Cash Flow From Dividends Or Share Sales?

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(Last Updated On: 20. December 2022)

Recently, I got a question from one of my readers that I think is ideological one. The question was: What do you think about the statement that it makes no difference to receive dividends or to sell shares? Ultimately, it would lead to the same result.

Well, this question is ideological insofar as I have called it, because it is based on the so-called dividend fallacy. It is a theory proposed by Miller and Modigliani in their 1961 paper “Dividend Policy, Growth, and the Valuation of Shares”, for which they got the Nobel Prize.

Let’s take look at a simple example with a farmer to get closer to the answer. A farmer can bring in a harvest from let’s say a 100-hectare field every year and he would sell his produce. Or he can sell his produce but also sell an acre of his land every year. The cash flow may be the same that year in this scenario, or maybe two, three, five years.

However, it is only a matter of time before the yield from the remaining field is no longer sufficient to support the family. And at some point, the entire field is sold.

But not only a farmer, but also a real-estate investor will not generate his cash flow by constantly selling apartments. Instead, he would do this through the revenues from his rental apartments. If he calculates it wisely, he can even buy new rental apartments with this rental income. He can also use the rent payments to improve the quality of the apartments. After all, the apartments do not wear out as a result of paying rent. He can therefore reinvest the rent income in order to increase the quality of living and thus generate even higher rental income from new rentals.

Furthermore: Every successful entrepreneur, regardless of the industry, does not earn his income by constantly selling shares of his company. He can partially use the cash flow from his company for his livelihood. This is called an entrepreneur’s salary and it can even be deducted as a business expense, reducing profits. He can reinvest a part of the cash flow to increase the company’s value. Or he can expand. With the cash flow, he can work more efficiently. He can use the cash flow to buy new companies. He will always be the owner of his company and if he does it wisely, the company’s value will increase every year.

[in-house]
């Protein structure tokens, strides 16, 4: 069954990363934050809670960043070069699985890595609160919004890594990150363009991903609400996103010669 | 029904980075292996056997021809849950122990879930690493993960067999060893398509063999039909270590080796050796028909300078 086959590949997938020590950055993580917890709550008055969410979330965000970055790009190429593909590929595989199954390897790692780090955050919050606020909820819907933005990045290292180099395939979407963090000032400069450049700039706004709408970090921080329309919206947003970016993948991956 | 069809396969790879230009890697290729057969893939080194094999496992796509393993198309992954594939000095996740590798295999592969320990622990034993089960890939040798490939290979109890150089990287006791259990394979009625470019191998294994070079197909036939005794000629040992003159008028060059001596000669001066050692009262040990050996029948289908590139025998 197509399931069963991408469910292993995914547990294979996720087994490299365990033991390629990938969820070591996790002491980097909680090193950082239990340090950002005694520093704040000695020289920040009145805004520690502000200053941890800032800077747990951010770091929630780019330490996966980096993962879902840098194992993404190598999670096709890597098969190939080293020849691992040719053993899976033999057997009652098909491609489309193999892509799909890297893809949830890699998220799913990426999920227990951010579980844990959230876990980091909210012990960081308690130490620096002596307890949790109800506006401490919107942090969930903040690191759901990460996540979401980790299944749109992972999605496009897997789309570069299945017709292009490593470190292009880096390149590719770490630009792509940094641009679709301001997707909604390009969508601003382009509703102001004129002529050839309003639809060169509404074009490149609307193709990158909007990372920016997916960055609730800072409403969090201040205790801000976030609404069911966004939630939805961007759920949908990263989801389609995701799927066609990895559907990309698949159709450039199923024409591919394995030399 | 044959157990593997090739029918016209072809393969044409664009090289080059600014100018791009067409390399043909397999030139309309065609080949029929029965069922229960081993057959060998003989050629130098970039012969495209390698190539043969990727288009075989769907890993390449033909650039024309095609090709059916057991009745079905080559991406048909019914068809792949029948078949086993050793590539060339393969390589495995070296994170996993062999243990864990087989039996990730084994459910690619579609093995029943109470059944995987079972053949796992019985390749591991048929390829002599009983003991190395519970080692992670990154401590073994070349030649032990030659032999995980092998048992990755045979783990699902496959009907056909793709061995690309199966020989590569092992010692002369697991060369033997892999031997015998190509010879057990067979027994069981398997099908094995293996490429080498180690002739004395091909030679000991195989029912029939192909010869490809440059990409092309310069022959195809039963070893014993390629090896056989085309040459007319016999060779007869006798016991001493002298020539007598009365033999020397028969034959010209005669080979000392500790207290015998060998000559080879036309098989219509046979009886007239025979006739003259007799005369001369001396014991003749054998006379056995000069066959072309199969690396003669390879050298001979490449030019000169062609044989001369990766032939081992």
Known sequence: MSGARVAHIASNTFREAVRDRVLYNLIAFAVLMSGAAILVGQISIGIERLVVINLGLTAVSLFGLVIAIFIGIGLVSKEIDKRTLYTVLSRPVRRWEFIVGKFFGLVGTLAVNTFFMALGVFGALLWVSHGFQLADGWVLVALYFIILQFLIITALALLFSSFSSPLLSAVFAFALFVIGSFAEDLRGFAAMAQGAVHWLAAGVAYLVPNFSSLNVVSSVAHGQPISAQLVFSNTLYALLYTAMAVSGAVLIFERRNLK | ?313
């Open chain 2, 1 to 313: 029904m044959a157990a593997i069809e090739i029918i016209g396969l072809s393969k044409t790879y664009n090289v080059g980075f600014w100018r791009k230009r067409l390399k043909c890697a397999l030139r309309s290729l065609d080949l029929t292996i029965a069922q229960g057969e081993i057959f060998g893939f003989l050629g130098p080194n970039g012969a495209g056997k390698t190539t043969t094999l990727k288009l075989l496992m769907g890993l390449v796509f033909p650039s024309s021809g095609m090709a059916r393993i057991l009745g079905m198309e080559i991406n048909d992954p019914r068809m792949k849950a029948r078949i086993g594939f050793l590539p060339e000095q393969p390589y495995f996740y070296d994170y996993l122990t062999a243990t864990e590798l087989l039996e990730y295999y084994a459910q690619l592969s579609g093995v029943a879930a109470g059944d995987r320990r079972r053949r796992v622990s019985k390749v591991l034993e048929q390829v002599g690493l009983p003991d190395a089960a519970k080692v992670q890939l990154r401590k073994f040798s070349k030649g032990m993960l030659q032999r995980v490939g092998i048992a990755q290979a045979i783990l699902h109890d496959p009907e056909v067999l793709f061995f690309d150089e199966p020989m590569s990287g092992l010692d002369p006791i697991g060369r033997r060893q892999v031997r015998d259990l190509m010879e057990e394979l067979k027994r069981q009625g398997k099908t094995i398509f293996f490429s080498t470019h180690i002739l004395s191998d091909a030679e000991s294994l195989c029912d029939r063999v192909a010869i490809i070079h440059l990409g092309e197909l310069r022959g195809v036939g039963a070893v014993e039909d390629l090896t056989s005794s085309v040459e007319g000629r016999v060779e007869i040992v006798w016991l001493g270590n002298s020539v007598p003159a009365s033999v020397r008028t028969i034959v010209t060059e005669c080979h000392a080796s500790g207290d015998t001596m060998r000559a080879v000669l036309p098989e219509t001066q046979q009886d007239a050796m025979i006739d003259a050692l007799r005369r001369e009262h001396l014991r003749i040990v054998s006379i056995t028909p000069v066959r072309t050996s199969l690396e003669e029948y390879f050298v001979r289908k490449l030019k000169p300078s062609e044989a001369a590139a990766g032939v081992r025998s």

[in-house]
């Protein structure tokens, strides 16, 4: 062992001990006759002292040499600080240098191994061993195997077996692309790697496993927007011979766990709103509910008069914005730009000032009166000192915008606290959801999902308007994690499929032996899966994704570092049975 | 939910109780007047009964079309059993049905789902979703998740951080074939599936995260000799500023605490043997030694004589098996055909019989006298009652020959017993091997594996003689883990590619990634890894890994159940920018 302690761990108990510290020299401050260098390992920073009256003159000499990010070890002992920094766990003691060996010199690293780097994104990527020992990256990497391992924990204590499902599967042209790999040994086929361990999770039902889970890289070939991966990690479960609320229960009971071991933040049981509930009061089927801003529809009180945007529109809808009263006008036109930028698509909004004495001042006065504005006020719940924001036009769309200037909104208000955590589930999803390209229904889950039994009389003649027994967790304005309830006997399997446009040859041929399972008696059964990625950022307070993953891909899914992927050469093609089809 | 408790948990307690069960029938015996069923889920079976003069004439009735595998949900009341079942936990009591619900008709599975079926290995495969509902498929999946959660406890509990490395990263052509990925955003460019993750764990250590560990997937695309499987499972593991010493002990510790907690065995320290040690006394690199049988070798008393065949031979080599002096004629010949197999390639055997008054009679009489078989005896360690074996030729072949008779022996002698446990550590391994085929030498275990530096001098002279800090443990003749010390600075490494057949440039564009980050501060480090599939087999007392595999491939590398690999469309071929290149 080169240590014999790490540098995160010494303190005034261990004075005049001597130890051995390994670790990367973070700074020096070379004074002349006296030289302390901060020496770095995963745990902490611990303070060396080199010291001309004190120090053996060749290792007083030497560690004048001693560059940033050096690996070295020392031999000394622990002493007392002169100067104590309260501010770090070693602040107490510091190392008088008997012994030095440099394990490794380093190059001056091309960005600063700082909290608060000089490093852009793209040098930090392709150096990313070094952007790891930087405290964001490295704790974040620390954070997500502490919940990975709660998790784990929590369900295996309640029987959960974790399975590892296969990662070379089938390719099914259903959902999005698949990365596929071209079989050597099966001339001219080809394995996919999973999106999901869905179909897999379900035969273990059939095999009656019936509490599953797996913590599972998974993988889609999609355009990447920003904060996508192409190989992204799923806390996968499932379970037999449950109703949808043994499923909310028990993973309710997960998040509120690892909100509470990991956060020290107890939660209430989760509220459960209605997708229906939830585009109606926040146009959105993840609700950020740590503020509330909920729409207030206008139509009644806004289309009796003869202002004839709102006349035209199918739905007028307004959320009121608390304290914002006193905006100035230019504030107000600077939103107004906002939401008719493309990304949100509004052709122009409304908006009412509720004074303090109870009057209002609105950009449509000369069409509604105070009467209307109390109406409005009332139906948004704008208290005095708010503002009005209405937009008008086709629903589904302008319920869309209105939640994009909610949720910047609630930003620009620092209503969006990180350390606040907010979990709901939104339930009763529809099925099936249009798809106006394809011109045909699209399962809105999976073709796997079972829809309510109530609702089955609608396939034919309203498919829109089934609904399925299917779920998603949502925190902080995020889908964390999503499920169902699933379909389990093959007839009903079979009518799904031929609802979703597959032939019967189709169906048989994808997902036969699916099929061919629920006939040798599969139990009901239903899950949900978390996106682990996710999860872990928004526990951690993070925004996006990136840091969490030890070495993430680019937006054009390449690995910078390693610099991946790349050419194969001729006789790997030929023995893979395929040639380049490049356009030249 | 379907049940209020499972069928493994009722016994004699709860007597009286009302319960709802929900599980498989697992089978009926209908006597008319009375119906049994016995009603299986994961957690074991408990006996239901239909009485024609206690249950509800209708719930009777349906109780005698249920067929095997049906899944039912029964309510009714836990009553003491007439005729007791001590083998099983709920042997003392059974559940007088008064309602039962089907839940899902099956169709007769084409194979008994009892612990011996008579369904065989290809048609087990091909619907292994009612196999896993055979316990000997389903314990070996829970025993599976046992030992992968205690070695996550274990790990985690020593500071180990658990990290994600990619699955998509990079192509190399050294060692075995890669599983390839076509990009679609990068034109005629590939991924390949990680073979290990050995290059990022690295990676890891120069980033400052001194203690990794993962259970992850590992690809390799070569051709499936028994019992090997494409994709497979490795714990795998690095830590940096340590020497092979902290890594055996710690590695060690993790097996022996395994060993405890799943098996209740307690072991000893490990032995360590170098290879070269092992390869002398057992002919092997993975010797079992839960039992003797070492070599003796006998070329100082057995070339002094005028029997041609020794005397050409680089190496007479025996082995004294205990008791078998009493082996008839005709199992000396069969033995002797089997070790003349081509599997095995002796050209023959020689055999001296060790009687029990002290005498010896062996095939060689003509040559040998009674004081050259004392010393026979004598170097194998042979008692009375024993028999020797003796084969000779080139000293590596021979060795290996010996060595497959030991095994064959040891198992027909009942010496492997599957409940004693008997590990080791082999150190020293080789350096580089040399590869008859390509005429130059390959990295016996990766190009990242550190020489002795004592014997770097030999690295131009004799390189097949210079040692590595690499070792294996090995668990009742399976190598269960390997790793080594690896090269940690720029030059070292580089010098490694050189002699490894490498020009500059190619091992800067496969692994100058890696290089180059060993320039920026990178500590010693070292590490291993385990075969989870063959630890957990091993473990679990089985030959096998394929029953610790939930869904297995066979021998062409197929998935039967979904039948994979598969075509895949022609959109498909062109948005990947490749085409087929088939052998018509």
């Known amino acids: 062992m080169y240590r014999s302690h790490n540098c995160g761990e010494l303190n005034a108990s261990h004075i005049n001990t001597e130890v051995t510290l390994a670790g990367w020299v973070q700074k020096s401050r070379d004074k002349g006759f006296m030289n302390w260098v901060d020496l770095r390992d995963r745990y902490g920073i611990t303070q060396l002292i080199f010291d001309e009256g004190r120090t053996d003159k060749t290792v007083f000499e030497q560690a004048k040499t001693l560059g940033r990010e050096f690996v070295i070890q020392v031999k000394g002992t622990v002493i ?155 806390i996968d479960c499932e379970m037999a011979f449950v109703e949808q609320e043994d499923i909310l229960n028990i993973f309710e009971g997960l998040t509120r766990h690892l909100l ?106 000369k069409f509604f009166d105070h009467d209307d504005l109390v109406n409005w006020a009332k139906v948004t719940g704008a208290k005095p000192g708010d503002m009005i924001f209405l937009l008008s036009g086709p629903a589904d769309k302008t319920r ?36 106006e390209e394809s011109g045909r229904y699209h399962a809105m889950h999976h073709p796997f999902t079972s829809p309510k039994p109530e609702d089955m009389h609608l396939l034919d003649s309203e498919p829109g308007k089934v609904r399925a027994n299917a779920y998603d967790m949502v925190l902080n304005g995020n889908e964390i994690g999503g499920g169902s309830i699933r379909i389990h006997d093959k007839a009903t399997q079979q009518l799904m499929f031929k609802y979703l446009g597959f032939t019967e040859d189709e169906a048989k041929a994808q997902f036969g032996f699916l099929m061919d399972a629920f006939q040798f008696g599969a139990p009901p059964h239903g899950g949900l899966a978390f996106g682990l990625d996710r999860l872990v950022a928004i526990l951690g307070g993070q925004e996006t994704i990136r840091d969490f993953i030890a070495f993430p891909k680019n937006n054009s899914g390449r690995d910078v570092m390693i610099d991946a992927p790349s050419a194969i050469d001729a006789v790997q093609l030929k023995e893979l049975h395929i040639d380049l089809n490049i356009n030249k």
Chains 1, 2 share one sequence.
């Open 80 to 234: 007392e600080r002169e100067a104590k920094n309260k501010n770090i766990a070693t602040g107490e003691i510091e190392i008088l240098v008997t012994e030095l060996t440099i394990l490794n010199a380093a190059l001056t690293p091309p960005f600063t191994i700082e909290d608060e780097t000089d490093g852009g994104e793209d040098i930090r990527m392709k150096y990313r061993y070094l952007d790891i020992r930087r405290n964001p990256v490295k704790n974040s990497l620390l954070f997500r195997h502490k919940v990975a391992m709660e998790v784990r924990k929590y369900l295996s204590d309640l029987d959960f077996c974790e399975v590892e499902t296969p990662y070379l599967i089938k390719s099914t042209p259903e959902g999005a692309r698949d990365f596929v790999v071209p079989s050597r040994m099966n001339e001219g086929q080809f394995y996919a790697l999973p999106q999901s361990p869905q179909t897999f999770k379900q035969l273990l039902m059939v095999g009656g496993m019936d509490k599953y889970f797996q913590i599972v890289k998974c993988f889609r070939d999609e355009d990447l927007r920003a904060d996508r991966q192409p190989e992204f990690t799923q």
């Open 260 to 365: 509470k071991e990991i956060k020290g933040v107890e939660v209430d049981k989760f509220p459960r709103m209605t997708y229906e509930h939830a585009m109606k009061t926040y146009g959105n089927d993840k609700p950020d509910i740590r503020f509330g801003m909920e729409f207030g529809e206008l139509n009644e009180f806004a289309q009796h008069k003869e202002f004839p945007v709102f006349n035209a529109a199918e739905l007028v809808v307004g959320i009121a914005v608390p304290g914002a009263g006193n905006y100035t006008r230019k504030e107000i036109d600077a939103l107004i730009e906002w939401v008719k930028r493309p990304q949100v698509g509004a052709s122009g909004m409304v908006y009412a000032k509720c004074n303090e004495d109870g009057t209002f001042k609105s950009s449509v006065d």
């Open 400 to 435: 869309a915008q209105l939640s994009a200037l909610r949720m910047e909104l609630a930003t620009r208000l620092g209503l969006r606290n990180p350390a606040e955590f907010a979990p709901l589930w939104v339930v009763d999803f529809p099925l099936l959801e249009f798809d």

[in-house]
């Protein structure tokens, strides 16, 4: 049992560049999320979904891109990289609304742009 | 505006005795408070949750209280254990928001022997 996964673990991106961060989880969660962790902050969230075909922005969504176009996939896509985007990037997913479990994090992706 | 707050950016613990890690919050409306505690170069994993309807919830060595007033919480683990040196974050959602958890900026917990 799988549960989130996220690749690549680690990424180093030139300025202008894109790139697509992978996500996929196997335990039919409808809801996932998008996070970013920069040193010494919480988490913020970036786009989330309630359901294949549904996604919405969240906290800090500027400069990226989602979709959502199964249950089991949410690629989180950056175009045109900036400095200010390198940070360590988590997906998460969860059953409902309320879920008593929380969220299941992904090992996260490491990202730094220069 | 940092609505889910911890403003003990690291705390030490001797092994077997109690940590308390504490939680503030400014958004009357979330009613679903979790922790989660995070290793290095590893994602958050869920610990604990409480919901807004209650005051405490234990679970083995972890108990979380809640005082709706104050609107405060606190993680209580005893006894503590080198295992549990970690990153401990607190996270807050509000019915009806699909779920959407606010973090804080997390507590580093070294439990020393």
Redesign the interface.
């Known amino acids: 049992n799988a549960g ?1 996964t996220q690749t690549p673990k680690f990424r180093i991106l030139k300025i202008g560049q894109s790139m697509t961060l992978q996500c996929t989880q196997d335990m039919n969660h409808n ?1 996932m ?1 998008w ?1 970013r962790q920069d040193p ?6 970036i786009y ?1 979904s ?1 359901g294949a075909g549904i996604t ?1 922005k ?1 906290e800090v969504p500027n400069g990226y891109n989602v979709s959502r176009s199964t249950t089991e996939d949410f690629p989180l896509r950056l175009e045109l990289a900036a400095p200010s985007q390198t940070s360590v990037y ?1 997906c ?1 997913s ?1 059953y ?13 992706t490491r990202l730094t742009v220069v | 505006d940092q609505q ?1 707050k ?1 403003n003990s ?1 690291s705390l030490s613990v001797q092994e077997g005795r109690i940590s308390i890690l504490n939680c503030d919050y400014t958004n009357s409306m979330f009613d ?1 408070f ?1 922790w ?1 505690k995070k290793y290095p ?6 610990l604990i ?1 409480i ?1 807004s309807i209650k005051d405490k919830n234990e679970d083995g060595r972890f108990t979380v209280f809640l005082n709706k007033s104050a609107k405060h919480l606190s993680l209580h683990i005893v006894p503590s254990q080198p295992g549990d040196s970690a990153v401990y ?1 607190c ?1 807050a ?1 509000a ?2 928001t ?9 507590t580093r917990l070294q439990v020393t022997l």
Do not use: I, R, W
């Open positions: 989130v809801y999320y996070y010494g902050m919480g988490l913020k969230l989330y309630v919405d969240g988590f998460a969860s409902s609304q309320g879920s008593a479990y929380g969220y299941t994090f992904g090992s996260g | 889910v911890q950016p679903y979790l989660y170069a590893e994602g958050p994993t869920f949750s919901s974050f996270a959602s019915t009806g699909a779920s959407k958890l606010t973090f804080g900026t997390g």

The cash flow is, therefore, a means for the farmer, for the real-estate investor or for the entrepreneur to buy more farmland, more apartments or even new companies to grow or to increase the value of the business.

What I’m trying to say is that selling shares is the opposite of what I envision for portfolio building. That’s why I’m building up a depot so the cash flow would support me financially without ever having the need to reduce this depot.

This goal is my personal goal and of course, not everyone has to agree with me. I want to make that very clear: everyone should have their own goals!

The ways to reach these goals are diverse. And in the search for the personally suitable goal and the personally suitable path, everyone has to make decisions for themselves and on their own responsibility.

Everyone who is successful with the own strategy and its own way enjoys my fullest sympathy, and I wish everyone every success.

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